Second, the Native Americans of my little patch did not long survive contact with colonizing Europeans. For all intents and purposes, they all died out and their cultures were extinguished. I would much rather have had them around to borrow from, and to have cobbled together a Neo-Pagan quilt that used elements of their culture and wisdom than to know that European immigration snuffed them out.

  4. I’m about the same age as Pitch313 and from the same part of California, and there certainly was something no too unlike modern Paganism flourishing there all through the 20th century. It didn’t call itself Pagan(ism), much less Witchcraft, but it was definitely nature religion and definitely made use of magic (though it didn’t call what it was doing Magic). Actually, “words get in the way,” and these people didn’t put any label on what they did, so as not to diminish its power — as a matter of principle. Even now, I won’t put any label on myself or my ancestors, or accept one for them.

    When you needed a respectable “cover” religion to explain your views to clueless outsiders, you might say that you were “something like” one of the “New Thought” religions that were pretty well known at the time, like Home of Truth, Divine Science or even Christian Science; or you might speak vaguely about Pantheism. Or you might point to John Muir and Joaquin Miller as inspirations.

    This “movement” had no organization whatever, so far as I ever knew. Kindred spirits recognized one another when they met, and could easily find common ground; but they emphatically didn’t “do” community — again, as a matter of principle — or make a point of hanging out with one another more than with others. Communities were for people who followed organized religions, and that wasn’t our path. It still isn’t my path, though I enjoy reading on Pagan blogs and sometimes comment.

    Personally, I can only speak to the years after WWII, but my mother saw fairies in the garden of her house, first on Woolsey Street and then on Monterey Avenue (in Berkeley) until the 1930s, when she got married — they stopped appearing to her once she was married. Her mother, who died before I was born, and her mother’s mother, who lived until I was 10 years old, had the same religious views, and had had similar experiences. Old scrapbooks push all this back one generation further, to my great-great-grandmother, who came to the Bay Area from Joliet, Illinois, in the 1880s, and who died a decade before my mother and her sister were born.

    My great-grandmother kept a human skull (which I now have), which she brought out every Hallows. She did some sort of personal ritual with it and with the photographs of her ancestors back two generations before her. (I never saw what she did; my mother and aunt did, but weren’t curious enough ask her about the details. Whatever it was, I’m pretty sure she invented it for herself.) The rest of the year the skull “lived” in the box with all the ancestral photographs (which I also have). In contrast to all this interest in ancestors, we didn’t “do” funerals, or put tombstones on our graves. One person made the necessary minimal arrangements to dispose of a dead body legally, and that was that. Once cremation became an option, we cremated our dead; and as soon as we heard of scattering ashes in the ocean, we started doing that to the cremains — so now we have no more graves at all. But these are mere details. I daresay that Pitch313’s people had a different take on these kinds of things.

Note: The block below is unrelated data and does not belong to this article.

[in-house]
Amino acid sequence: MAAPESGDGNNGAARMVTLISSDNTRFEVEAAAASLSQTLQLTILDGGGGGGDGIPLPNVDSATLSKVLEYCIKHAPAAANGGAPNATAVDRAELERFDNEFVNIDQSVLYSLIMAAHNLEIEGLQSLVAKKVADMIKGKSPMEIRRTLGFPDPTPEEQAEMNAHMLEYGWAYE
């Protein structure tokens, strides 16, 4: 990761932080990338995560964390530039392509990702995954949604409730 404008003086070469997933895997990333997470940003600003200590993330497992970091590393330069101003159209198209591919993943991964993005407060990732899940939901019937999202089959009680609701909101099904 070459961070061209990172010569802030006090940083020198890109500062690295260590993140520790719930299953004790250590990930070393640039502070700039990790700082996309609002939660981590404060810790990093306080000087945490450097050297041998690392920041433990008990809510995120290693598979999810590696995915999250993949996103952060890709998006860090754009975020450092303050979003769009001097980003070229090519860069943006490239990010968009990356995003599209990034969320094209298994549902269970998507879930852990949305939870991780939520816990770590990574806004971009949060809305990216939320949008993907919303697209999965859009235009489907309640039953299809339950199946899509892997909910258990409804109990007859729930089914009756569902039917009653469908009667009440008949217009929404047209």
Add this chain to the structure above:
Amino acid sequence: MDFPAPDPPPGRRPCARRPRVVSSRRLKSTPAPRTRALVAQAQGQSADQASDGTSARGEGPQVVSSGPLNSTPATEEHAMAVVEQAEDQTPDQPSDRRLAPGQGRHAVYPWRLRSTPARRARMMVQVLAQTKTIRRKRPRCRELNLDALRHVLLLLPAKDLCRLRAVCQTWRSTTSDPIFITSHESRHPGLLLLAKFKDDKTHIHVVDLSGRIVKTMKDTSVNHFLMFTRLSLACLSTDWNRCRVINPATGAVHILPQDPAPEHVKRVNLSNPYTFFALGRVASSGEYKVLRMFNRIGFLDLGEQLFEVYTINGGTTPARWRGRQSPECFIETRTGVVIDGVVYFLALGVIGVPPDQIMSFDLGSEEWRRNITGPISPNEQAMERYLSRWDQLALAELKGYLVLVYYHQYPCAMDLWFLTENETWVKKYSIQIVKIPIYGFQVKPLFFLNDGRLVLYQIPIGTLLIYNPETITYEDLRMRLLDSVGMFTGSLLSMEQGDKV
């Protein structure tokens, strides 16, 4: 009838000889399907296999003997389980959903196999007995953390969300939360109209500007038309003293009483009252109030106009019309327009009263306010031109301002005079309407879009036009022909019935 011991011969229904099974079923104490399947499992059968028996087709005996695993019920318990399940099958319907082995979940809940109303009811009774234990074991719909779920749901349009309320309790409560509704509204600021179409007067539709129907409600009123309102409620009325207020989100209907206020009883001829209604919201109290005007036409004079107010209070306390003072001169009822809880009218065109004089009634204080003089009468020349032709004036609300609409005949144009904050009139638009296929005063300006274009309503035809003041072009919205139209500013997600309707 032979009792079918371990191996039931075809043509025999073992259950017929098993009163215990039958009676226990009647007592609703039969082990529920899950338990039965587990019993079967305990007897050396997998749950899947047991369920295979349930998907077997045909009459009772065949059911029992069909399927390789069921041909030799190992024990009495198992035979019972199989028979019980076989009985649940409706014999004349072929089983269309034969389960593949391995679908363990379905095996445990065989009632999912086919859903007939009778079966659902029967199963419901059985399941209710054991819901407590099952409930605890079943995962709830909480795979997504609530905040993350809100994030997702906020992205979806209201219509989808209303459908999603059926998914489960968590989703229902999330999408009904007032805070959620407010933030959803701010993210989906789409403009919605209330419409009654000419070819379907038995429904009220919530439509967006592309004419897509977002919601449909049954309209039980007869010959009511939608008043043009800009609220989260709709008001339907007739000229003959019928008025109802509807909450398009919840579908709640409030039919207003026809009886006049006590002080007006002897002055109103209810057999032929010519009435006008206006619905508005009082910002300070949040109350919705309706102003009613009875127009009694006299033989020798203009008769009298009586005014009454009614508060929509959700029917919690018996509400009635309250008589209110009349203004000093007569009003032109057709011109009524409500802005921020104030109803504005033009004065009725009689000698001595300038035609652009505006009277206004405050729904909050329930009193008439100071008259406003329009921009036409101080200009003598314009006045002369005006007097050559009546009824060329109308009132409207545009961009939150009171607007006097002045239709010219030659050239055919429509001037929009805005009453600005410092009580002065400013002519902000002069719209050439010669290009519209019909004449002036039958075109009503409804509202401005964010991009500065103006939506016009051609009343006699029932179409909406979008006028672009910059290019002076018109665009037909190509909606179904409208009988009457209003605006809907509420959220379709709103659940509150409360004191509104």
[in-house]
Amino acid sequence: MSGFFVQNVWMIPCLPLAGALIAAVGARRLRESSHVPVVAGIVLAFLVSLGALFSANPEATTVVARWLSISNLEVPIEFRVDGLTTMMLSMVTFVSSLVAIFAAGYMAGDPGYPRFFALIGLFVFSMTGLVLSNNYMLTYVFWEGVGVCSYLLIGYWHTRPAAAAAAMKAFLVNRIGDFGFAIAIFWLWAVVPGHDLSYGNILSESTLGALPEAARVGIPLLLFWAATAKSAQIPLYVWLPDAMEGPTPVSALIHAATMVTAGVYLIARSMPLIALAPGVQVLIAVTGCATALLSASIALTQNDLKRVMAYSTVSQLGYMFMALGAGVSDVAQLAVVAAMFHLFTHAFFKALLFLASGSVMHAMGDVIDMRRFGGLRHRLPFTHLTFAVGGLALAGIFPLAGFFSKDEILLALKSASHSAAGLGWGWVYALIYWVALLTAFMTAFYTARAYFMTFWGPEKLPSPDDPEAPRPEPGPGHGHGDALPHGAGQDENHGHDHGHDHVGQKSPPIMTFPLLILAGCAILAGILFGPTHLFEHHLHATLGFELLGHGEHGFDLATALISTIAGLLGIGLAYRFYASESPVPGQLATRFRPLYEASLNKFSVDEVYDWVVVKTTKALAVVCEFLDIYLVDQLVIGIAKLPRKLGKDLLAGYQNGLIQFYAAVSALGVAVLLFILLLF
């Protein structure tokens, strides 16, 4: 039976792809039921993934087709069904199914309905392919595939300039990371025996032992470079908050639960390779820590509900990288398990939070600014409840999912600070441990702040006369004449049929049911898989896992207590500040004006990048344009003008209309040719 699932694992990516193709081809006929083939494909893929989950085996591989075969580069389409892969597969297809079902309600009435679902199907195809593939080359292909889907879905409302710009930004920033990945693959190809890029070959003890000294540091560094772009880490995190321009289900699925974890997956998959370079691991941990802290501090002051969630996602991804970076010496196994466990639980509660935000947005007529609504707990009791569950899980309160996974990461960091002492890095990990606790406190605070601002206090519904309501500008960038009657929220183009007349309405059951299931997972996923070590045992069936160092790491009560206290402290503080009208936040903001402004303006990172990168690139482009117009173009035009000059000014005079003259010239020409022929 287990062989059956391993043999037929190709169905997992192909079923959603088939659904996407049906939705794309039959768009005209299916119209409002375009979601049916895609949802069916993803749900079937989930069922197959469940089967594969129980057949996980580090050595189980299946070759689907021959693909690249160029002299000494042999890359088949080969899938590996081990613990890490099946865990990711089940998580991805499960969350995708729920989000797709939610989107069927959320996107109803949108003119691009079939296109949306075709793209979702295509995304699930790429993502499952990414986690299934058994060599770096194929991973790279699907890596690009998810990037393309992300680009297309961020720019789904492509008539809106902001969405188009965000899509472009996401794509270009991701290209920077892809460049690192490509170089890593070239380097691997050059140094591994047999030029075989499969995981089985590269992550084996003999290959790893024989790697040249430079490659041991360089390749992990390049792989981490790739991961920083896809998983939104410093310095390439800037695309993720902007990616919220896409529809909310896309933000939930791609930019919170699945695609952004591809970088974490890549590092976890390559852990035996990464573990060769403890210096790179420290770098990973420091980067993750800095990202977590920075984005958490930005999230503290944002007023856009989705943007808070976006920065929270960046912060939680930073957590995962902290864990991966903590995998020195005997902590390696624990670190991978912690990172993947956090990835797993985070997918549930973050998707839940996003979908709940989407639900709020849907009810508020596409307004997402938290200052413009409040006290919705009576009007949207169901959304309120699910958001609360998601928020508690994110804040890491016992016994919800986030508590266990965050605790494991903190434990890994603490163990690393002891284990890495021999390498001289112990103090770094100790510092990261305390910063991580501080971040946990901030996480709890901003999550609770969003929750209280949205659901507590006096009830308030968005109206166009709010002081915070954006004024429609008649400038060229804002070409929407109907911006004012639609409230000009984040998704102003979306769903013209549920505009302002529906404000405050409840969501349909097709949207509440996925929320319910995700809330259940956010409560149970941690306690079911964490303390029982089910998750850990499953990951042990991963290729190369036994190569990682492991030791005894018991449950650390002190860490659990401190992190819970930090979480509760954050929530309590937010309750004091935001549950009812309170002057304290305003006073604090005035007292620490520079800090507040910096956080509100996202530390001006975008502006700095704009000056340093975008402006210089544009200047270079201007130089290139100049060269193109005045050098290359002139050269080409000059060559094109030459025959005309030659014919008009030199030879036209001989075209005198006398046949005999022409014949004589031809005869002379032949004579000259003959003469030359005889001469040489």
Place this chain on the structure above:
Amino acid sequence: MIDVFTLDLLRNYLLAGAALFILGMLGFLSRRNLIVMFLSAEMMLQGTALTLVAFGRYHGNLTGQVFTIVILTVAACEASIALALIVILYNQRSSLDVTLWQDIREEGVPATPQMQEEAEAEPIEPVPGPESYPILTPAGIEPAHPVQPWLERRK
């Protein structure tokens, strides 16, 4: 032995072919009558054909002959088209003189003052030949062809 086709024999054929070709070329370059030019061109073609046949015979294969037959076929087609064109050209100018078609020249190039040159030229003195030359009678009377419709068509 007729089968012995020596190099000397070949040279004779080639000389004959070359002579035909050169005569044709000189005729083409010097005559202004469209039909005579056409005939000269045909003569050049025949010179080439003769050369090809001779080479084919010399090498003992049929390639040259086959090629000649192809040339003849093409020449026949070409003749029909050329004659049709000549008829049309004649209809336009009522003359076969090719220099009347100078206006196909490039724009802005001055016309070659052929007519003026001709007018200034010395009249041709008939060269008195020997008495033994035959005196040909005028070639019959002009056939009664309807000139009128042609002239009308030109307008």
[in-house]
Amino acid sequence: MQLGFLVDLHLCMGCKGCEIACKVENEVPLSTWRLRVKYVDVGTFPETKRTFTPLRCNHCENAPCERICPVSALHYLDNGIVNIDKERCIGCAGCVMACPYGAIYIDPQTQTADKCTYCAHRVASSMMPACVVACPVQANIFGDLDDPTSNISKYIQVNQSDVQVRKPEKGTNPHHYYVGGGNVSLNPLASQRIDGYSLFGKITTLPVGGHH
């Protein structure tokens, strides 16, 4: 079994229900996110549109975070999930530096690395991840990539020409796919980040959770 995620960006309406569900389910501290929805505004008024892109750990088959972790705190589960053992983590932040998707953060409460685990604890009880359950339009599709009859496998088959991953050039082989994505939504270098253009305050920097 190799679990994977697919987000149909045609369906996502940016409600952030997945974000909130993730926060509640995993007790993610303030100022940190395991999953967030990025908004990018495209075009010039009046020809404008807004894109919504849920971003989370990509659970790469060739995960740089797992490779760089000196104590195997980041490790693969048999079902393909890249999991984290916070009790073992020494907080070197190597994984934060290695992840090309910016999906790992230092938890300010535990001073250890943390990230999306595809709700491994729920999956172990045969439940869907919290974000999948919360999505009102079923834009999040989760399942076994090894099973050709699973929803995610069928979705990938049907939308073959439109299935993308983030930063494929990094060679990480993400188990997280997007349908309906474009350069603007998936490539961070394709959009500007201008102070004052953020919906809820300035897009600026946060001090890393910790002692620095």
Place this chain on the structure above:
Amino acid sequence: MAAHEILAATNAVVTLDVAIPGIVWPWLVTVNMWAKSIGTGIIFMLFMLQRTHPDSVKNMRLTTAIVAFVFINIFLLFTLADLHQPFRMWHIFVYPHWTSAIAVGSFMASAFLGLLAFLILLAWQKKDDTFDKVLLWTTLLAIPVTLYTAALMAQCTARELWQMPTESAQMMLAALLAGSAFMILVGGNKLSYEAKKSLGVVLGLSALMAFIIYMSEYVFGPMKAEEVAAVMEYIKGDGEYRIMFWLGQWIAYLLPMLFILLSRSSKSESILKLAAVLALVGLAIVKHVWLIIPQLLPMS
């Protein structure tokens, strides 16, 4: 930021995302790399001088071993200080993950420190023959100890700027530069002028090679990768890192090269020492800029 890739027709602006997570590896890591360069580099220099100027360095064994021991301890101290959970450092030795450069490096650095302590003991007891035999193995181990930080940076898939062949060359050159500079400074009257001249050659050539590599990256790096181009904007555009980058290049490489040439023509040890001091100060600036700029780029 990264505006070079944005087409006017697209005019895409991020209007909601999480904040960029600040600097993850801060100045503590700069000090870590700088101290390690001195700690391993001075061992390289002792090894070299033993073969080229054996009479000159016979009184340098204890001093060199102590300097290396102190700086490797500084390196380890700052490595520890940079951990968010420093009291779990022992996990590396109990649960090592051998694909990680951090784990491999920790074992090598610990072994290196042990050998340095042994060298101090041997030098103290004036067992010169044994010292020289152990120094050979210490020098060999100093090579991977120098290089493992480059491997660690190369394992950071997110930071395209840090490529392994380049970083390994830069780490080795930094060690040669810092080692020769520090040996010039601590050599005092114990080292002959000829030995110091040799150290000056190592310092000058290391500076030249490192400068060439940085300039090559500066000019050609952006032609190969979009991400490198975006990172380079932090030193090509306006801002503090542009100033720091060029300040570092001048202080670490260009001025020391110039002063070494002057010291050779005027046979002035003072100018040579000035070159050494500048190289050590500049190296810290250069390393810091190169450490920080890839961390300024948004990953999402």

One way in which all this differed very sharply from current Paganism is that the idea of a common, shared ethical and moral code was de-empathized, perhaps even rejected outright. (This was part of not “doing” community.) People necessarily developed standards of conduct and rules of life for themselves, but these varied from one person to the next, and were expected to vary. You didn’t push your own code on others, not even, really, on your own children. So ethical issues that are now of concern, such as cultural appropriation, simply “did not compute” within the “movement” that I am describing from my own family’s perspective. In my own family, at least, religion was a thing “not for children.” What children needed to learn was how to deal with power first. To put it in outsiders’ terms: magic is for children, religion for adults.

    All this is now, I think, just a fading memory. What remained of it in the 1960s has probably all been assimilated into the current Pagan religious movement by now.